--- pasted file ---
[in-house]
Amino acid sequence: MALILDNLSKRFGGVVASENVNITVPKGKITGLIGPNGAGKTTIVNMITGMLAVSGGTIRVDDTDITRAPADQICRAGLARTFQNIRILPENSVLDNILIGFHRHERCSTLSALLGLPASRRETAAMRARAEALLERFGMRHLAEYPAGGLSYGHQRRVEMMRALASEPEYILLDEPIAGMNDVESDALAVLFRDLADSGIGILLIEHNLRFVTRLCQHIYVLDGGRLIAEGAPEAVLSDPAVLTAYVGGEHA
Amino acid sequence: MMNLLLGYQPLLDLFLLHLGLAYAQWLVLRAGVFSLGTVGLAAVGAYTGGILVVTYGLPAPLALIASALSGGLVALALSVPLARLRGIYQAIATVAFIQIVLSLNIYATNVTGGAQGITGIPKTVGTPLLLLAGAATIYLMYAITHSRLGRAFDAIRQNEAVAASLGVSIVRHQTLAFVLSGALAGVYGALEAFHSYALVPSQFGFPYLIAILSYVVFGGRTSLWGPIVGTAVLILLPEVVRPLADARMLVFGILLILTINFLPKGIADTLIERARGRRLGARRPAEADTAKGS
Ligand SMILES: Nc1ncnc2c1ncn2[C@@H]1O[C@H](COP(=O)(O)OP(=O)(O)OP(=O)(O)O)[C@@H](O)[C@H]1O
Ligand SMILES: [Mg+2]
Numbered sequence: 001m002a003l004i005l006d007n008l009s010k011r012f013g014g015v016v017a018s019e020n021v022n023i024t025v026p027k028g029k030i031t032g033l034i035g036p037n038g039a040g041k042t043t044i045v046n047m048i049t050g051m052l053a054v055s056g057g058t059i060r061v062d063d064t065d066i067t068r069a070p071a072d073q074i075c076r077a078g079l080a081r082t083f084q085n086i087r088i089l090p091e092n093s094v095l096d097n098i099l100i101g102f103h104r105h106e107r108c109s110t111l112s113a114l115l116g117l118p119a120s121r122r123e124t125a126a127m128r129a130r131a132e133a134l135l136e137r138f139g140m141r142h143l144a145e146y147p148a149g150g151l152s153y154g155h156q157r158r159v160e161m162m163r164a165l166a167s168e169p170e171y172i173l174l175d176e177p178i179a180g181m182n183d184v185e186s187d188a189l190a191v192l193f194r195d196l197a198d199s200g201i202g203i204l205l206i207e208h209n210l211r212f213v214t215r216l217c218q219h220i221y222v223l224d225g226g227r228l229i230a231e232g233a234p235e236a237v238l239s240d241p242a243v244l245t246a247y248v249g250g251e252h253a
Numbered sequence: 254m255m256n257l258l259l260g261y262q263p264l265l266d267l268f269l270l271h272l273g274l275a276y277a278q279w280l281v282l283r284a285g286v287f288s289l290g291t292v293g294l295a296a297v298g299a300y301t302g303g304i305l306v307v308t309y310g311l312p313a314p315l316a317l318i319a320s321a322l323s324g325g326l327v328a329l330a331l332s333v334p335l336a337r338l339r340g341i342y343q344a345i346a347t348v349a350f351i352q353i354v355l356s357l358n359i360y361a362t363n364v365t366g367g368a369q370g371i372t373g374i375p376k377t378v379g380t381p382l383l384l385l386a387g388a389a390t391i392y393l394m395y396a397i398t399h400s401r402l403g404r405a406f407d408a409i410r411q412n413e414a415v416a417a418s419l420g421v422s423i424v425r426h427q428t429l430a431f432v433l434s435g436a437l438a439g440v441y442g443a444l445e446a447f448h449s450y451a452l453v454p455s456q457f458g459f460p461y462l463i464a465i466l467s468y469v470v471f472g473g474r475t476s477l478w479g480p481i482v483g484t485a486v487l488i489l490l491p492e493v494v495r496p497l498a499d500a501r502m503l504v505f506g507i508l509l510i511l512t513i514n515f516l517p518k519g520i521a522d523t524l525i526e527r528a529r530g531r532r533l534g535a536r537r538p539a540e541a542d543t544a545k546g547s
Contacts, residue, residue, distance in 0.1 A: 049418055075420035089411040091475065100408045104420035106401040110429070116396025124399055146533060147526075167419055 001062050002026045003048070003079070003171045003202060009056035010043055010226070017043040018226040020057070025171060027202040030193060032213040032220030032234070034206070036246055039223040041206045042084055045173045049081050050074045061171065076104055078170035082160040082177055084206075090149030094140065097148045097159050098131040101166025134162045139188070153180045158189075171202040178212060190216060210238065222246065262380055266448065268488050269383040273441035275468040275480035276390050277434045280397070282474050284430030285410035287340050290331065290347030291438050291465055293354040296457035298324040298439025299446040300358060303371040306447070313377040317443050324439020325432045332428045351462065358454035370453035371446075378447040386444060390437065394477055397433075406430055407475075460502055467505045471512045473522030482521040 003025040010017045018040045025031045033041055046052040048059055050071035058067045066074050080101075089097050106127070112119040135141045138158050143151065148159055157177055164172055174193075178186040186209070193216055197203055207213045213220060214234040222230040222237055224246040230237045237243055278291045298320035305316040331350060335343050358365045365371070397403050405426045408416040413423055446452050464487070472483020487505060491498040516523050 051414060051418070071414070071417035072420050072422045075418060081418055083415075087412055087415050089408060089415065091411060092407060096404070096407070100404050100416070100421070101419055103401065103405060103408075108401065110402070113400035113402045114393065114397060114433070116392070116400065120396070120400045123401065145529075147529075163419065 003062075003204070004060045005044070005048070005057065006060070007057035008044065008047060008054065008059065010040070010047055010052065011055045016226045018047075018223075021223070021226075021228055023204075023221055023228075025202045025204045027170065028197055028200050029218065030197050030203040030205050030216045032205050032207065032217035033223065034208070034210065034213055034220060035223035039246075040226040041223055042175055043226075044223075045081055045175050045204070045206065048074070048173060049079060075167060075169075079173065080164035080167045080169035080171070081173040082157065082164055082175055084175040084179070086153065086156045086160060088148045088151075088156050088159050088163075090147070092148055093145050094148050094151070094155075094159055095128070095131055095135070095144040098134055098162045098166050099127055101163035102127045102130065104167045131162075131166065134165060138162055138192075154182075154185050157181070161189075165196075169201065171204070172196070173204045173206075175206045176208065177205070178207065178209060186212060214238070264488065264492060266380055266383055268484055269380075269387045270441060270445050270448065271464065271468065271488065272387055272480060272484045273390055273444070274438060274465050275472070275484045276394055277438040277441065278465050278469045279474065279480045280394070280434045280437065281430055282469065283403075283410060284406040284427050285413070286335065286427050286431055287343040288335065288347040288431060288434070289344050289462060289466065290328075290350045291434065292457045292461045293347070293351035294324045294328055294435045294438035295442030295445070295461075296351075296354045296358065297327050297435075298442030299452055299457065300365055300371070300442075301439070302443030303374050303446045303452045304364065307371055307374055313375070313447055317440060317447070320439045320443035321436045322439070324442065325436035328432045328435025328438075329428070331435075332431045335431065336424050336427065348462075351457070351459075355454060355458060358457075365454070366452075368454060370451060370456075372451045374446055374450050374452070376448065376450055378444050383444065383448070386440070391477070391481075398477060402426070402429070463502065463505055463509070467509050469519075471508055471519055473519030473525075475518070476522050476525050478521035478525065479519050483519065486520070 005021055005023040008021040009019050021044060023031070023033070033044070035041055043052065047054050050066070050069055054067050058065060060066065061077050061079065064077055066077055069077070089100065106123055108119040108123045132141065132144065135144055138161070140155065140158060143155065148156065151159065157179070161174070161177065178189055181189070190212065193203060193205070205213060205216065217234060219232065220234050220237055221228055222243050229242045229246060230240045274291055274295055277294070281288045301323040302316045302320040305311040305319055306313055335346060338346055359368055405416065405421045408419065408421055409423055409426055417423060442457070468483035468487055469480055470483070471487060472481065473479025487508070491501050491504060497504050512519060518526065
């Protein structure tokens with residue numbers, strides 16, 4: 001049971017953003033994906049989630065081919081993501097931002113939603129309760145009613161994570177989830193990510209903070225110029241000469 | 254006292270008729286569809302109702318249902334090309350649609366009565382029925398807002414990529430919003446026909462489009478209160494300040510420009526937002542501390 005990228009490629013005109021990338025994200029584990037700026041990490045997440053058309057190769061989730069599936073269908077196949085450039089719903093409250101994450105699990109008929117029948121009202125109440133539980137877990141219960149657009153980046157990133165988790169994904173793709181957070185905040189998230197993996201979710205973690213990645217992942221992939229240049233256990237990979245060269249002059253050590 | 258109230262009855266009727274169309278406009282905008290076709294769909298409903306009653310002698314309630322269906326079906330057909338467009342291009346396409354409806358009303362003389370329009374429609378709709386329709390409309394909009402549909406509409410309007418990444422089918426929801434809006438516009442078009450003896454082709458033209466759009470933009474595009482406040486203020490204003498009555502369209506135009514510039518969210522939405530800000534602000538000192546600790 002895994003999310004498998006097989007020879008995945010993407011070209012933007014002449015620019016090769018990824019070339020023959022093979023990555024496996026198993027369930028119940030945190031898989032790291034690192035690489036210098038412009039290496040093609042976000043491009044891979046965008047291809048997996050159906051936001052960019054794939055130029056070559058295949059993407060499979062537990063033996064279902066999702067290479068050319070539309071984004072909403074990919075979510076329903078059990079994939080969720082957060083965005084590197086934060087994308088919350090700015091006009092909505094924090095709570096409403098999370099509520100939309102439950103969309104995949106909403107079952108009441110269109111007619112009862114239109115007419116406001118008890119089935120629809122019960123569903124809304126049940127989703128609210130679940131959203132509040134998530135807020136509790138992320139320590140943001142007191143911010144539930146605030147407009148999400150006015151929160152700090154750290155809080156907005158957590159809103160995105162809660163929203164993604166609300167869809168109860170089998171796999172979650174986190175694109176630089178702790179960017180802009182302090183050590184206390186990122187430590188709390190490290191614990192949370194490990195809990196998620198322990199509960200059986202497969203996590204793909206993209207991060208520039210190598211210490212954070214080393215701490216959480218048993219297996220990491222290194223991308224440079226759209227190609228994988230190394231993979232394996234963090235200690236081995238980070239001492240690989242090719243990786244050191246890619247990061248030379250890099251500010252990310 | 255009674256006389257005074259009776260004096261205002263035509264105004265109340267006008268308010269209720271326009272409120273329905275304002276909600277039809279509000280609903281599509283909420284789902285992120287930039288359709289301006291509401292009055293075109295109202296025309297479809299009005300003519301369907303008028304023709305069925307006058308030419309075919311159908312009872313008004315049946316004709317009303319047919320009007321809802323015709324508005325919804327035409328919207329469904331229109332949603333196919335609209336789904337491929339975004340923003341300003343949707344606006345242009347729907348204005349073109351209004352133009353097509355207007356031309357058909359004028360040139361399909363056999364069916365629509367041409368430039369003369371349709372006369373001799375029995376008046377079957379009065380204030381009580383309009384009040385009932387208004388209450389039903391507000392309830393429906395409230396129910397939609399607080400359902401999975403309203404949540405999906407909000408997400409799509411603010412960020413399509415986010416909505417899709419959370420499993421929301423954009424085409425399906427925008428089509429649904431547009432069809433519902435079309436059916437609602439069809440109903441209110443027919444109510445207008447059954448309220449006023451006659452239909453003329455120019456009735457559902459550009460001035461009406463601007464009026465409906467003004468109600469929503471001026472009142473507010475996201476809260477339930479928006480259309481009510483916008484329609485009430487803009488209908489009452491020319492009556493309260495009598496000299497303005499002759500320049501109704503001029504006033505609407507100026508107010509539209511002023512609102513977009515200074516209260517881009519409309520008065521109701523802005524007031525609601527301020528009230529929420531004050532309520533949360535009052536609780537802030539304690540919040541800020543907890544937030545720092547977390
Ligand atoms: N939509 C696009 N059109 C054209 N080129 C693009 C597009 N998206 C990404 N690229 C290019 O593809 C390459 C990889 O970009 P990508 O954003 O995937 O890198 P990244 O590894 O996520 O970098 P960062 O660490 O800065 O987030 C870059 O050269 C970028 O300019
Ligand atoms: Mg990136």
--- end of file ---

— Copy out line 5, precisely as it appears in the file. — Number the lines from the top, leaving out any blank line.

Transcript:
Ligand SMILES: [Mg+2]